Percussion: Ties/slurs, accents, stem directions and playback

Dear Dorico-team!

There are several postings here regarding the “percussion tie problem”. I’ve read that you some day will fix this. Maybe with a slur that looks like a tie? - sounds like a good idea. That would make it possible to have accents on the start of a roll and on the “off-stroke” of the roll and playback would be correct handled. I guess you also have your attention to stem direction, tie/slur-direction and accent/articulation-direction when you go into these things. (Typically when snare-drum / bass-drum / cymbal is notated on a 5-line staff). Since you have the magnificent possibility to choose between 5-line staff, grid and single line instruments, the stem-direction and dynamics handling when switching also need some work, I think. The percussion field is a very big one and this is probably just a little part of it? Anyway, you have done a great job so far - I just can’t wait 'till you get the job really done. Do you have any idea as to when you will be turning your attention towards the percussion field again with focus on these and other important details?

If you want an accent both at the start of a roll and on the “stinger” you can use a slur rather than a tie to join them. Although some folks balk at that, it is not unreasonable since

  1. The final stinger on a roll is a repeated note (especially if it is accented).
  2. For all we know the handwritten “ties” used in this case to join roll t o stinger may have been intended in Mozart’s, Haydn’s, and Beethoven’s time to be, in fact, a slur. How would we know?

The Dorico team does not usually announce in advance when features will be released, although they might admit that they have begun working on it when they do, actually, start working on it.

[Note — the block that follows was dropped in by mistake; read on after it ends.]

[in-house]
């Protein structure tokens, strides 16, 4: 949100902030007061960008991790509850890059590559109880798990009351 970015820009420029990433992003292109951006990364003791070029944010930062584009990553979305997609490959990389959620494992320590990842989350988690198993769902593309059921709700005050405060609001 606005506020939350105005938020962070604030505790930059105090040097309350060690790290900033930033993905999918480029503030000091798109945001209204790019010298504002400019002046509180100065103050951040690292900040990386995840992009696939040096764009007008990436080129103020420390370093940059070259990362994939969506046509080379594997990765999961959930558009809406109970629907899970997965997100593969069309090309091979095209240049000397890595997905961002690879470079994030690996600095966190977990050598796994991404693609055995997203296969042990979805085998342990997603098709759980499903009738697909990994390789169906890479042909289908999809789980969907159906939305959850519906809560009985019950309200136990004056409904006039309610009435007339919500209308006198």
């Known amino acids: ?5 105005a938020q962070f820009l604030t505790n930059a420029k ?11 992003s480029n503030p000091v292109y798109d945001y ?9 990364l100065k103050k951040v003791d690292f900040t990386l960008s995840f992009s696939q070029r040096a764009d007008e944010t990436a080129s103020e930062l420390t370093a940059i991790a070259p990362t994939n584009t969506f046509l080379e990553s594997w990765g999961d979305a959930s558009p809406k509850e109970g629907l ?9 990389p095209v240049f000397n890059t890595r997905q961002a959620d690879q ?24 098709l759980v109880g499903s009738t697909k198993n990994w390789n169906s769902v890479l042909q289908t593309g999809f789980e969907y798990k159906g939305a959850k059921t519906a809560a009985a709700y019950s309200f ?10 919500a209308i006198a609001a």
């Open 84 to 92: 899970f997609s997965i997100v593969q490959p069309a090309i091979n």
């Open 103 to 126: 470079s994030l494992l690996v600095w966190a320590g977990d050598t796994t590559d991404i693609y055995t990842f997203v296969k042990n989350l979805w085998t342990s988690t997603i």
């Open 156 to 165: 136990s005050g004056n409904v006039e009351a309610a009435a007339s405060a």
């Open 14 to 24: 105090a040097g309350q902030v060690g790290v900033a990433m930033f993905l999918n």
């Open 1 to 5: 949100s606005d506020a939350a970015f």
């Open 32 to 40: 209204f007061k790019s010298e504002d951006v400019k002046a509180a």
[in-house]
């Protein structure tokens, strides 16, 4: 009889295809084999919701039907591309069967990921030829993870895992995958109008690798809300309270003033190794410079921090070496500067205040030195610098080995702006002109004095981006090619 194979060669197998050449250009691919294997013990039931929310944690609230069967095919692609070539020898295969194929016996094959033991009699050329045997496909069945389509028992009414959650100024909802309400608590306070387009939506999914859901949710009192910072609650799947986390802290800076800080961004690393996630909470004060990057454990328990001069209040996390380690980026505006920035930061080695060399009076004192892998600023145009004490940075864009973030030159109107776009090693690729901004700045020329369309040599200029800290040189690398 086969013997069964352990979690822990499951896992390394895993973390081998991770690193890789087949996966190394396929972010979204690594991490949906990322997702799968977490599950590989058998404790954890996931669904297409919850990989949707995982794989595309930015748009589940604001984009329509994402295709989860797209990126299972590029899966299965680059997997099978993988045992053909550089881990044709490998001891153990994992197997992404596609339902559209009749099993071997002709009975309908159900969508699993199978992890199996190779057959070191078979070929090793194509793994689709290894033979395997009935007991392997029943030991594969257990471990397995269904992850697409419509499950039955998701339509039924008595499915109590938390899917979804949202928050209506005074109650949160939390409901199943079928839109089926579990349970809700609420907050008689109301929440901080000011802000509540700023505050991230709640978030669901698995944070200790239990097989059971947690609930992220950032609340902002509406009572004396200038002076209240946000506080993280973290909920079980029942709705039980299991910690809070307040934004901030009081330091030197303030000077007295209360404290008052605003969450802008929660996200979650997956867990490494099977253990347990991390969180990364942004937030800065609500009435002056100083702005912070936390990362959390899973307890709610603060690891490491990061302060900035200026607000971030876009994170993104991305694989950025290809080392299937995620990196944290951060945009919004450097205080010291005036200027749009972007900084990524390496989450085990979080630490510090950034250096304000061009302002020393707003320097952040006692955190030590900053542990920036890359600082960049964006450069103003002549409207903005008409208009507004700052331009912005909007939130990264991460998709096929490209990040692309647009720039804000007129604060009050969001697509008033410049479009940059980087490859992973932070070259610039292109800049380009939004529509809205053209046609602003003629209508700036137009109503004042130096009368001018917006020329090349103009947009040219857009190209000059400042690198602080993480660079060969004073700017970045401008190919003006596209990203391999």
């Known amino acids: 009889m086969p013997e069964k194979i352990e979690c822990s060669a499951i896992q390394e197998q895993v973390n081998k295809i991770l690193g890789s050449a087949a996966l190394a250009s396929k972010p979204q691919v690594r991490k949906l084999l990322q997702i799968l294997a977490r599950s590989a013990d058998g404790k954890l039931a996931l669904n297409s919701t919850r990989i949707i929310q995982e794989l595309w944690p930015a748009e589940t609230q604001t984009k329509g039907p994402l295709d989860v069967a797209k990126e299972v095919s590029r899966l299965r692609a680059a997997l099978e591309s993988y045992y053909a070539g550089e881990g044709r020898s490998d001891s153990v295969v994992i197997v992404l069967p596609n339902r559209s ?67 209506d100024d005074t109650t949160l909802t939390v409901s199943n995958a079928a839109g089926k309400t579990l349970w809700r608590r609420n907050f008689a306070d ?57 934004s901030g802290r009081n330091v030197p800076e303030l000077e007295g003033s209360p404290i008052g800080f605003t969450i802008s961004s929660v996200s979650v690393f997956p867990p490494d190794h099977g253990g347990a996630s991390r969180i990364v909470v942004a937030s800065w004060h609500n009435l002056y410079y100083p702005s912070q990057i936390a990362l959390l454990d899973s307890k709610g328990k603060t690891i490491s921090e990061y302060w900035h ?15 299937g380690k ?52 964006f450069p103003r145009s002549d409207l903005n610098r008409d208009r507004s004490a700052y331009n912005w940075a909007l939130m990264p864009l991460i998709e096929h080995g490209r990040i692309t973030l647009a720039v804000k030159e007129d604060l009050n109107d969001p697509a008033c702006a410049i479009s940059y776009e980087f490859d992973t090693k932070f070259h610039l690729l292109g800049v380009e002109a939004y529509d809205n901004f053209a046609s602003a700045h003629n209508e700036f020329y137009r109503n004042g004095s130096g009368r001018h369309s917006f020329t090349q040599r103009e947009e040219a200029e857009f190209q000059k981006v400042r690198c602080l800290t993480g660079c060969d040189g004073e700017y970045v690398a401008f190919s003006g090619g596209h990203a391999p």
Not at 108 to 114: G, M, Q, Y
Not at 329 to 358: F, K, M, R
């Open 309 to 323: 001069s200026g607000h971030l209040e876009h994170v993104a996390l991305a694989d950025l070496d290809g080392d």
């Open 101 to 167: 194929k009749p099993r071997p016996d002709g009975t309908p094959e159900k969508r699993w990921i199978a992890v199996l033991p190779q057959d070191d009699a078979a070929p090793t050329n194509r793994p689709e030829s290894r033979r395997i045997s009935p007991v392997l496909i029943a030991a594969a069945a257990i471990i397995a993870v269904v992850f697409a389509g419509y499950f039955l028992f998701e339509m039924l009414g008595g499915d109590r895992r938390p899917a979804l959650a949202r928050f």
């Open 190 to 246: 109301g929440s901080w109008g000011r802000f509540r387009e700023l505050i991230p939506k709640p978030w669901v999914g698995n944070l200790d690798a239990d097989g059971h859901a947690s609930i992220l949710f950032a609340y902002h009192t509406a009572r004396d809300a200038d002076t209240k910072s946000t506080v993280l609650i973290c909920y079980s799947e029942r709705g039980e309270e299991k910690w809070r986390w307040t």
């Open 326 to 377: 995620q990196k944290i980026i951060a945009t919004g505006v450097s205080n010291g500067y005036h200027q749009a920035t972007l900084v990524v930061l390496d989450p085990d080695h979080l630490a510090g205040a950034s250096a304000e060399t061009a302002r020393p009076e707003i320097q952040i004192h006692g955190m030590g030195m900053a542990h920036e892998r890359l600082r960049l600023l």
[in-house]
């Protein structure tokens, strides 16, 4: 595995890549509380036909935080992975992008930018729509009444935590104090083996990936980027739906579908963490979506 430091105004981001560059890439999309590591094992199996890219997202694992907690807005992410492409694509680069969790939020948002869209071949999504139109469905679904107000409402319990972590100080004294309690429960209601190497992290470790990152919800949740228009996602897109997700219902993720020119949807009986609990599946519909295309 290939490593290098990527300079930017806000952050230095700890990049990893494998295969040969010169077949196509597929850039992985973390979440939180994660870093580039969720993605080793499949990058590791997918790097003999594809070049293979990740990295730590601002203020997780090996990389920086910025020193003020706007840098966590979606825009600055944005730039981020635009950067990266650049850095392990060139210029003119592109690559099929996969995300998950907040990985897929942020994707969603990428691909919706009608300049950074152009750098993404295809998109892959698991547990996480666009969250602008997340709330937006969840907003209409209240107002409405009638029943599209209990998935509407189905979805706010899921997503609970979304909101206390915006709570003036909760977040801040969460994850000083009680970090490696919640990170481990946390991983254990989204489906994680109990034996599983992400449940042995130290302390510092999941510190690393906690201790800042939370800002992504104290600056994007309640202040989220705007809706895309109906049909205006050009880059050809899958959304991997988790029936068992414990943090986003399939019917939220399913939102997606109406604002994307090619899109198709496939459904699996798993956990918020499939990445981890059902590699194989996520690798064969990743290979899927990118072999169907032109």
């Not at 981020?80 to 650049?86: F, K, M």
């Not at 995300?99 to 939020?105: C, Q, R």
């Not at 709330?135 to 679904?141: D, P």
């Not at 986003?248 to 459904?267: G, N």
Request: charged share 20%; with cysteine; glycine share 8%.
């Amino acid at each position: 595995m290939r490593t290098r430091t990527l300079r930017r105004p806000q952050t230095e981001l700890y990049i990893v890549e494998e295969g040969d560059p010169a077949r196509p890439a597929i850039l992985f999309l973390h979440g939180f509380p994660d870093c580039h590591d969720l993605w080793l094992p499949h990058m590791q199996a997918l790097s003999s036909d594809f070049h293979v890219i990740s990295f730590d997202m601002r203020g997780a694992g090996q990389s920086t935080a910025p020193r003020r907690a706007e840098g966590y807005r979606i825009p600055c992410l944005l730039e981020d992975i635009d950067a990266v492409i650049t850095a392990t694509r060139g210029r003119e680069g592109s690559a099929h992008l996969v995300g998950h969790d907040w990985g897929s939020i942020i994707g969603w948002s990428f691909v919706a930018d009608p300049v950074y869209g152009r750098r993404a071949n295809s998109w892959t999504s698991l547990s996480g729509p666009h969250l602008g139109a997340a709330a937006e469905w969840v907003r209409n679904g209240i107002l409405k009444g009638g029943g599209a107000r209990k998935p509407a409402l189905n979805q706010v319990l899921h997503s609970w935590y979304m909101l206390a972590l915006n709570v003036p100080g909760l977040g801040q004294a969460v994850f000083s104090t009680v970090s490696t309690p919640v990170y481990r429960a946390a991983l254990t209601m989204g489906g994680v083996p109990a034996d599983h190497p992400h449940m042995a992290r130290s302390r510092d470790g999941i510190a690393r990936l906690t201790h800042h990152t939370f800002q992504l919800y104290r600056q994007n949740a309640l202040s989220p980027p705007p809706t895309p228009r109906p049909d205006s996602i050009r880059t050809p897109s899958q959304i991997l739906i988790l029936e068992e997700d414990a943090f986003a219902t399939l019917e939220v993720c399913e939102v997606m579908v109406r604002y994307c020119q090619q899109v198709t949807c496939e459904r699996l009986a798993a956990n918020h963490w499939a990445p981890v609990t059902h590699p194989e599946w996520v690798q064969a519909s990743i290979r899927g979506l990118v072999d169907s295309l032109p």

I’d hate to be accused of balking, but I must balk just a little (all in a spirit of camaraderie and motivated by our shared desire to produce excellent notated music, of course :wink:).

The fact of the matter is that, regardless of what an individual composer in the 18th century may have themselves privately conceptualized, or even if they all thought the same thing, today the correct notation is a tie, not a slur. The fact that a slur “makes sense” to modern composers/engravers who happens to lack the ability to input the correct notation strikes me as perhaps a little bit conveniently ad hoc. (And it’s worth pointing out that if we’re able to think of, e.g, four 16ths that are tied together as actually being a quarter note, the way Dorico smartly and arguably rightly treats such things, and adding a tremolo to a note allows us to do something of a converse operation, that is, if we want four 16ths in a roll, we can “tie them together” into a quarter note and put a two stroke tremolo on it/them, I don’t see why adding a fifth stroke should be treated different, i.e. slurred instead of tied.) It’s also worth pointing out that they’re literally called “tied rolls” and “untied rolls”: Concert Snare 10: Tied and Untied Rolls / Vic Firth Percussion 101 - YouTube